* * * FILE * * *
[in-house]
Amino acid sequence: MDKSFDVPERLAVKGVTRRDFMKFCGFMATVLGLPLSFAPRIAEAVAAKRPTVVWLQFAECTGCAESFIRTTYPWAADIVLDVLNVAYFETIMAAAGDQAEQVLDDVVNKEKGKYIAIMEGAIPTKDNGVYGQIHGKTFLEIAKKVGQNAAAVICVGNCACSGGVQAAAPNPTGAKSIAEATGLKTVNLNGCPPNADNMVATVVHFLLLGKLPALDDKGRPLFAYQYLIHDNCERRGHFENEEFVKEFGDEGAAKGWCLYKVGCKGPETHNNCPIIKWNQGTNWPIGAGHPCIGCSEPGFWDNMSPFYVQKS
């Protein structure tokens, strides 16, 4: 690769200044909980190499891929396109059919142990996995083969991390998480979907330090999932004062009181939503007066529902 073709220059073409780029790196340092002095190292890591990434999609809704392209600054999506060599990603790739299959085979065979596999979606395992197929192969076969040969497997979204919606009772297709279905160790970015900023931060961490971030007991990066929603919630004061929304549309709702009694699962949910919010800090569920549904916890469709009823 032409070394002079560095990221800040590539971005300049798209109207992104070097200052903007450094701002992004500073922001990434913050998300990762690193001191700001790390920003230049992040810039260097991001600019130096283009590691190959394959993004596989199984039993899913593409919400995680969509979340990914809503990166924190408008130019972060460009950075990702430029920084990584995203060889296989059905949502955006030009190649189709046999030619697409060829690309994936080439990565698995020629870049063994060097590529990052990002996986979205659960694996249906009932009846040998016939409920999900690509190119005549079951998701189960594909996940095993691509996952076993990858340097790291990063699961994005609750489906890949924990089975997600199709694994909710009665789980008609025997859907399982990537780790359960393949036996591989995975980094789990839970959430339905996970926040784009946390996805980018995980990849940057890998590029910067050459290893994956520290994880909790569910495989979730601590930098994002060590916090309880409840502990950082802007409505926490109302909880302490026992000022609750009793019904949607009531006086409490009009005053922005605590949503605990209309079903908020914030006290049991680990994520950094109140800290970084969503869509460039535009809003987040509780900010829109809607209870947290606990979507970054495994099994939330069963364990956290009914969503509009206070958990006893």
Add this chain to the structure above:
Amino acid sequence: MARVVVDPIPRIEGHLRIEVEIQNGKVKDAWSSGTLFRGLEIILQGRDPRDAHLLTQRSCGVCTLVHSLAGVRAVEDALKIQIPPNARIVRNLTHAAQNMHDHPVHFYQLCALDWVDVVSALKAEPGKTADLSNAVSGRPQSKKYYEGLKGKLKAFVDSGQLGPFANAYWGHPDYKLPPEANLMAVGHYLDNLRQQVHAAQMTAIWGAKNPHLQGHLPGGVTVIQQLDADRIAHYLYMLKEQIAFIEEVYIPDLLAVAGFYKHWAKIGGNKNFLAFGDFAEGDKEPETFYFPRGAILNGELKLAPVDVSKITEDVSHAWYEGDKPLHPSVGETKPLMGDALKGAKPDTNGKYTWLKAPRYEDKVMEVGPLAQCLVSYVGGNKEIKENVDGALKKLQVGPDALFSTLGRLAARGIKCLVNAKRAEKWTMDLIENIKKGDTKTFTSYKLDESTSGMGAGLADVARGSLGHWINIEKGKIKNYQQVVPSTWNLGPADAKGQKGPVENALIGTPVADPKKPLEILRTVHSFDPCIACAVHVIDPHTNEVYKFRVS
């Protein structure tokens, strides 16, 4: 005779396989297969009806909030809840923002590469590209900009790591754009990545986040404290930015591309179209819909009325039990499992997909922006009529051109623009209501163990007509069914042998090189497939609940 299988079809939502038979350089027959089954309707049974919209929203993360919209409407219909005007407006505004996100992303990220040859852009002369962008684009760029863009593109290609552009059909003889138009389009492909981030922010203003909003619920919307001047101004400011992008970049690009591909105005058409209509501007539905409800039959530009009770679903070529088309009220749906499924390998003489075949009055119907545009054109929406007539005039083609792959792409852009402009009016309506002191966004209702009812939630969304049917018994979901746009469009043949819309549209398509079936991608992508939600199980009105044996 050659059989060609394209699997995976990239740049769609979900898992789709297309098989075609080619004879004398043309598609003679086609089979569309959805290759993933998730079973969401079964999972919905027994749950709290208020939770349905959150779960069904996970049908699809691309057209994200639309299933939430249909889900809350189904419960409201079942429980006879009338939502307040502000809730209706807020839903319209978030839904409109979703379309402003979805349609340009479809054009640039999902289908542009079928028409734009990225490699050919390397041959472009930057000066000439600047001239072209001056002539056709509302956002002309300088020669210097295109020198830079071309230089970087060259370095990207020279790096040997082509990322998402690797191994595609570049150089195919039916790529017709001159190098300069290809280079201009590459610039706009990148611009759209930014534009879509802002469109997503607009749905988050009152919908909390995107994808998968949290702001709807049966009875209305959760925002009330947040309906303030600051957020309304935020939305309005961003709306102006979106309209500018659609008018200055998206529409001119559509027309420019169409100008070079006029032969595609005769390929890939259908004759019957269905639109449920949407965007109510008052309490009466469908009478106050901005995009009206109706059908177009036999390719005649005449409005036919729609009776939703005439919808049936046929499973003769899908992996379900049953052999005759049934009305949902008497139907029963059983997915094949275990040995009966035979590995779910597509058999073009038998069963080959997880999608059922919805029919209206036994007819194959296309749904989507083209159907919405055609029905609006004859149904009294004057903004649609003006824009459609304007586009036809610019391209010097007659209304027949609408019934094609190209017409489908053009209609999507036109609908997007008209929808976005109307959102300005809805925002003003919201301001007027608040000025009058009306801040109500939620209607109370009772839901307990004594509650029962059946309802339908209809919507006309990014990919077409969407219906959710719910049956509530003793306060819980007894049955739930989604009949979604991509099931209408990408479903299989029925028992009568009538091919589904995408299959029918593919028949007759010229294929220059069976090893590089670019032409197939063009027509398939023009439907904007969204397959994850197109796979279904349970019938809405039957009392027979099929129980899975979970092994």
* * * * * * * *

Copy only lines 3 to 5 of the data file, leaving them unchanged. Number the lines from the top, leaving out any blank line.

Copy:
């Protein structure tokens, strides 16, 4: 690769200044909980190499891929396109059919142990996995083969991390998480979907330090999932004062009181939503007066529902 073709220059073409780029790196340092002095190292890591990434999609809704392209600054999506060599990603790739299959085979065979596999979606395992197929192969076969040969497997979204919606009772297709279905160790970015900023931060961490971030007991990066929603919630004061929304549309709702009694699962949910919010800090569920549904916890469709009823 032409070394002079560095990221800040590539971005300049798209109207992104070097200052903007450094701002992004500073922001990434913050998300990762690193001191700001790390920003230049992040810039260097991001600019130096283009590691190959394959993004596989199984039993899913593409919400995680969509979340990914809503990166924190408008130019972060460009950075990702430029920084990584995203060889296989059905949502955006030009190649189709046999030619697409060829690309994936080439990565698995020629870049063994060097590529990052990002996986979205659960694996249906009932009846040998016939409920999900690509190119005549079951998701189960594909996940095993691509996952076993990858340097790291990063699961994005609750489906890949924990089975997600199709694994909710009665789980008609025997859907399982990537780790359960393949036996591989995975980094789990839970959430339905996970926040784009946390996805980018995980990849940057890998590029910067050459290893994956520290994880909790569910495989979730601590930098994002060590916090309880409840502990950082802007409505926490109302909880302490026992000022609750009793019904949607009531006086409490009009005053922005605590949503605990209309079903908020914030006290049991680990994520950094109140800290970084969503869509460039535009809003987040509780900010829109809607209870947290606990979507970054495994099994939330069963364990956290009914969503509009206070958990006893």
Add this chain to the structure above:
Amino acid sequence: MARVVVDPIPRIEGHLRIEVEIQNGKVKDAWSSGTLFRGLEIILQGRDPRDAHLLTQRSCGVCTLVHSLAGVRAVEDALKIQIPPNARIVRNLTHAAQNMHDHPVHFYQLCALDWVDVVSALKAEPGKTADLSNAVSGRPQSKKYYEGLKGKLKAFVDSGQLGPFANAYWGHPDYKLPPEANLMAVGHYLDNLRQQVHAAQMTAIWGAKNPHLQGHLPGGVTVIQQLDADRIAHYLYMLKEQIAFIEEVYIPDLLAVAGFYKHWAKIGGNKNFLAFGDFAEGDKEPETFYFPRGAILNGELKLAPVDVSKITEDVSHAWYEGDKPLHPSVGETKPLMGDALKGAKPDTNGKYTWLKAPRYEDKVMEVGPLAQCLVSYVGGNKEIKENVDGALKKLQVGPDALFSTLGRLAARGIKCLVNAKRAEKWTMDLIENIKKGDTKTFTSYKLDESTSGMGAGLADVARGSLGHWINIEKGKIKNYQQVVPSTWNLGPADAKGQKGPVENALIGTPVADPKKPLEILRTVHSFDPCIACAVHVIDPHTNEVYKFRVS